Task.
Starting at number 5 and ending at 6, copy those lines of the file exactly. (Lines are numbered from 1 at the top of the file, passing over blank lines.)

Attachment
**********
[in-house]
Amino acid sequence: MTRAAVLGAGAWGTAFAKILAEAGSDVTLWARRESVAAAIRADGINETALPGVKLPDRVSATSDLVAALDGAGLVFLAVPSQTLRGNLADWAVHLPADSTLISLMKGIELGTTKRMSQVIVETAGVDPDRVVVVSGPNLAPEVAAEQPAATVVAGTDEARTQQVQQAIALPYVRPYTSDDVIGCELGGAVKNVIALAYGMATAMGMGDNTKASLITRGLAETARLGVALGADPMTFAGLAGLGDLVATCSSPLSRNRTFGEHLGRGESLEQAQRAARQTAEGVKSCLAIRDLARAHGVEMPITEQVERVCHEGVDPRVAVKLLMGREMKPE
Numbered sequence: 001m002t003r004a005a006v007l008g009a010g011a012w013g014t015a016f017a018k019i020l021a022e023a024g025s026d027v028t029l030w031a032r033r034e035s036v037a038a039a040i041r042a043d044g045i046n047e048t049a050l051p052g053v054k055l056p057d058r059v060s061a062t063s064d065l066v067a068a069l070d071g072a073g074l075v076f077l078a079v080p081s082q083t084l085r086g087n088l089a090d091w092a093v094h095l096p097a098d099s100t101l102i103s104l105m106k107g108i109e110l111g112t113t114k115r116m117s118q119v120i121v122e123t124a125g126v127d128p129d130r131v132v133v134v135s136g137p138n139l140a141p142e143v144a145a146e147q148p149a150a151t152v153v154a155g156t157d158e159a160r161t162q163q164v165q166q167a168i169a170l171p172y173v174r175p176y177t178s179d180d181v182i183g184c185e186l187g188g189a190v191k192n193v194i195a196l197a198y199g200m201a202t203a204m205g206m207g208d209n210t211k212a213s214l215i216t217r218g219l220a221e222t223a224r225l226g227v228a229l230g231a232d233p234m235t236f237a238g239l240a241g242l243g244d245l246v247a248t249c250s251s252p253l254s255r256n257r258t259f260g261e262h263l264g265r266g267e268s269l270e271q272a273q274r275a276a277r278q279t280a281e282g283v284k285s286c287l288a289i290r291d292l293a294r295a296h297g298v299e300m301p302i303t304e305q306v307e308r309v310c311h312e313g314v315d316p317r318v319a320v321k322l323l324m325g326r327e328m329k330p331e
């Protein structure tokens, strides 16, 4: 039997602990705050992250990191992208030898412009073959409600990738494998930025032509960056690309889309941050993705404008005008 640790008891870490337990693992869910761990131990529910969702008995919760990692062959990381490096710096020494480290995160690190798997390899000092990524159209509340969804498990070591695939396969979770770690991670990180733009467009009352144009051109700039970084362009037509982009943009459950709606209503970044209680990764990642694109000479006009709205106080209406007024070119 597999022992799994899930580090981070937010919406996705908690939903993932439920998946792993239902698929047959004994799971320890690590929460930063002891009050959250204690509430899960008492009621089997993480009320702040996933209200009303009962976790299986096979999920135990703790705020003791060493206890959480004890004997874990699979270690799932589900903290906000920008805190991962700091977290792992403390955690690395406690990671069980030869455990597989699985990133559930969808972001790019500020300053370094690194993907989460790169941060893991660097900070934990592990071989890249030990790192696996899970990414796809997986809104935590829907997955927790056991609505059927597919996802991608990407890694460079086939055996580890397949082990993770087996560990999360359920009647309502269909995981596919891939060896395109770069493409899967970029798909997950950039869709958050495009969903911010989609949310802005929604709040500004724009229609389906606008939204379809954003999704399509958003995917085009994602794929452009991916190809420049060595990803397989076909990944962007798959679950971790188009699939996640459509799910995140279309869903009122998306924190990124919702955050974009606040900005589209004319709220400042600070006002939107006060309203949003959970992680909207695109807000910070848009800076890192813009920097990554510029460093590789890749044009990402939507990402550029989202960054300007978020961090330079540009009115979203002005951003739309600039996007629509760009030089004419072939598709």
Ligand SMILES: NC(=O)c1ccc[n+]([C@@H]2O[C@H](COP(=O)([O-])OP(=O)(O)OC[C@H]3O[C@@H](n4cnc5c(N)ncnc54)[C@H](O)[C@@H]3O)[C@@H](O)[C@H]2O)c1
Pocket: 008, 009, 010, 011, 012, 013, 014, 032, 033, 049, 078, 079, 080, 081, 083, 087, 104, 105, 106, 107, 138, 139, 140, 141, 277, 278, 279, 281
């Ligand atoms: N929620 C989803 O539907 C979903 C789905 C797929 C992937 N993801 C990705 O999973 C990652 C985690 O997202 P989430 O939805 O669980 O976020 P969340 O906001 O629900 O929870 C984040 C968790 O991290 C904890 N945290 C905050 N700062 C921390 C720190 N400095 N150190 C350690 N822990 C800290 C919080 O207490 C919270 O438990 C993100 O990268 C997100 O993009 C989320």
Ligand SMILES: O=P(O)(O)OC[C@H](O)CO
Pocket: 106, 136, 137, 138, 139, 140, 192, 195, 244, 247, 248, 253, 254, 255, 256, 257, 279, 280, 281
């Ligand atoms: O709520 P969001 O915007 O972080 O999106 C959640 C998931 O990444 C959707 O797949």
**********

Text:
Ligand SMILES: NC(=O)c1ccc[n+]([C@@H]2O[C@H](COP(=O)([O-])OP(=O)(O)OC[C@H]3O[C@@H](n4cnc5c(N)ncnc54)[C@H](O)[C@@H]3O)[C@@H](O)[C@H]2O)c1
Pocket: 008, 009, 010, 011, 012, 013, 014, 032, 033, 049, 078, 079, 080, 081, 083, 087, 104, 105, 106, 107, 138, 139, 140, 141, 277, 278, 279, 281